• NOS4A2
    3.7k


    Emboldened after his impeachment acquittal, President Donald Trump now openly admits to sending his attorney Rudy Giuliani to Ukraine to find damaging information about his political opponents, even though he strongly denied it during the impeachment inquiry.

    That’s a complete lie, and you’re falling for it. He admitted no such thing.
  • NOS4A2
    3.7k


    Here's some potential effects:
    -prosecutors wishing to curry favor might give him what he wants
    -prosecutors might feel undercut and harden their position against Stone
    -the judge may be influenced, either for or against
    -the attorney general might feel prompted to review the sentencing recommendation. How often does THIS happen? He obviously can't do that in every case, so this is uneven justice.
    - The attorney general might consciously or unconsciously apply more leniency that he would otherwise.
    -per Barr: it makes it difficult for him to do his job
    -it might have a negative effect on the people working in the justice dept if they perceive this as pressure to go soft on a friend.

    All of these effects are caused by personal motivations, desires and feelings. If a judge or attorney or attorney general are influenced by a tweet they are in the wrong job.
  • NOS4A2
    3.7k


    I’ve answered all your questions, so let’s hear your analysis.
  • Relativist
    1.5k
    All of these effects are caused by personal motivations, desires and feelings. If a judge or attorney or attorney general are influenced by a tweet they are in the wrong job.NOS4A2
    You must also believe juries should never be sequestered, since if they're doing their jobs, they will not be influenced.

    You have a naive view of influence. It's not limited to conscious choices and perceived motivation.
  • 3017amen
    2.6k


    Yep, agree with your initial thoughts there! Because Dumpertrumper lacks the discipline and temperament necessary in communicating sensitive subject matter, I agree he'll make and ass out of himself. Which all of that goes back to why his lawyers were not wanting him to testify in the Mueller case, as well as Barr admonishing him for his rampant tweets.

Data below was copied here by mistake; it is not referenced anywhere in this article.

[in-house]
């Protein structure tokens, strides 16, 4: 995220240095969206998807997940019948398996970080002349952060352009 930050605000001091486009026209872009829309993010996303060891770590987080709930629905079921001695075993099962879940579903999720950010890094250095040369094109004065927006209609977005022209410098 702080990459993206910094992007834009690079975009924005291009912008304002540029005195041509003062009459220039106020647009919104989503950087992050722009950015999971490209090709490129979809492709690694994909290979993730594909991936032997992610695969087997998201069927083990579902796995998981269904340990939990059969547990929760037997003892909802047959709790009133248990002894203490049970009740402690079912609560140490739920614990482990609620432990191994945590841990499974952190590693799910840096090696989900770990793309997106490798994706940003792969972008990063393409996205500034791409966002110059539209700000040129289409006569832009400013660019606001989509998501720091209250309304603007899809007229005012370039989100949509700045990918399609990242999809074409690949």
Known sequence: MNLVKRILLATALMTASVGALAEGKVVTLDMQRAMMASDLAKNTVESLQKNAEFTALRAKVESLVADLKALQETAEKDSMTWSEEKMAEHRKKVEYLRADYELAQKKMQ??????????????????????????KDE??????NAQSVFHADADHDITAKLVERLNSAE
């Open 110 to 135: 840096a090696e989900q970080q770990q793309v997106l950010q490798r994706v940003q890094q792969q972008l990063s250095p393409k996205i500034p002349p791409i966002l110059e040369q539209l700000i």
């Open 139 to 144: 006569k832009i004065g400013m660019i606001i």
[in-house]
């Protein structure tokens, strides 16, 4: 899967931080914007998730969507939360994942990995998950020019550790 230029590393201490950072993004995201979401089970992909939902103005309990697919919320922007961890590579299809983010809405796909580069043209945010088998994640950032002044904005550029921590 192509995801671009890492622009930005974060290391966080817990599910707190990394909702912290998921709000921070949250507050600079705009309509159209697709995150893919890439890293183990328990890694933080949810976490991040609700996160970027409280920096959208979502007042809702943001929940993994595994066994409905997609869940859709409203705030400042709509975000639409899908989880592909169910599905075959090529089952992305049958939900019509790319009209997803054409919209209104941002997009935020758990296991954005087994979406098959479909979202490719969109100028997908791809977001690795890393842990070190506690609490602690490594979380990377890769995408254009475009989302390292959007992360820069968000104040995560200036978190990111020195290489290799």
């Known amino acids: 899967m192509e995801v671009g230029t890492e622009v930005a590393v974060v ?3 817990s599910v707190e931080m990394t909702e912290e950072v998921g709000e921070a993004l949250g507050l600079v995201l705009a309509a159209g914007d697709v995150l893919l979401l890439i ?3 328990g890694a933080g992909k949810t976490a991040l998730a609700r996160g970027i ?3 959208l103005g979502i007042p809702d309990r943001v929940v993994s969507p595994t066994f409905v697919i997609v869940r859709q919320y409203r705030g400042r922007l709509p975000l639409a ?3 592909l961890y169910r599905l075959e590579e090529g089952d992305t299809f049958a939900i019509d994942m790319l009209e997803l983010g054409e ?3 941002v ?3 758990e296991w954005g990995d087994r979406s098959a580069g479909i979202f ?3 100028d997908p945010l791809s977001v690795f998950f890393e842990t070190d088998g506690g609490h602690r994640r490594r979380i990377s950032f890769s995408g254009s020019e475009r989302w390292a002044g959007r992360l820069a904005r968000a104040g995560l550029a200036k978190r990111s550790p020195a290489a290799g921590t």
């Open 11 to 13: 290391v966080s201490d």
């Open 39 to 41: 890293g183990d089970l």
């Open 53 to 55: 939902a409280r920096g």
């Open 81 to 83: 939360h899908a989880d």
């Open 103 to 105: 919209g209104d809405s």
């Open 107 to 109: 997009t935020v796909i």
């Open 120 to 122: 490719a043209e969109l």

Speaking of that, what is your take on Barr's comments on Dumpertrumper's tweets ? Do you think there is an ulterior motive of sorts?
  • Michael
    9.1k
    That’s a complete lie, and you’re falling for it. He admitted no such thing.NOS4A2

    He admitted to sending Giuliani to Ukraine to conduct his investigation, whereas previously both he and Giuliani denied it.

    Whether or not that particular article frames it as an attempt to "find damaging information about his political opponents" isn't the issue here.
  • Relativist
    1.5k

    Trump admitted to send to Ukraine. Here's the audio: https://www.spreaker.com/user/9809239/roadkill-potus

    It starts at 21:43.
  • Michael
    9.1k
    Jesus Christ he rambles. Asked about Giuliani and spends forever talking about what Bloomberg did as Mayor.
  • 3017amen
    2.6k


    Yo Dumpertrumper,

    I didn't see where you answered the question?

    Using your bosses Trump-speak, be a man and grab those questions by the balls, or by the pussy if that works better for you!

    LOL
  • Relativist
    1.5k
    Speaking of that, what is your take on Barr's comments on Dumpertrumper's tweets ? Do you think there is an ulterior motive of sorts?3017amen
    Well, he spoke truth - but that doesn't preclude there being ulterior motives, some of which may be good (to save the sinking ship of the Justice Dept) and some might be selfish (his own reputation).

    It will be interesting to see how Trump reacts.
  • 3017amen
    2.6k


    Yep, Bloomberg is his nemesis; he's the only one who will be able to get under his thin skin. Wait a minute I stand corrected everybody gets under his thin skin!

    Bloomberg is fighting fire with fire on the tweet circuit!!!
  • 3017amen
    2.6k


    Okay I think you're right. Let's wait and see how Dumpertrumper reacts, he'll probably stick his foot in his mouth again...

    In the big scheme of things I'm confident the truth will all come out about the fraudulent Dumpertrumper.
  • Benkei
    3.4k
    I look forward to you eating those words after listening to the podcast.
  • 3017amen
    2.6k


    Yep. It's seems like NOS4A2 is loosing more credibility by the hour. Although that would imply that he even has some!

    He's like a little ostrich who puts his head in the sand and then complains it's too dark!

    LOL
  • NOS4A2
    3.7k


    He did not admit it. Quote him admitting anything close to openly admitting sending his attorney Rudy Giuliani to Ukraine to find damaging information about his political opponents.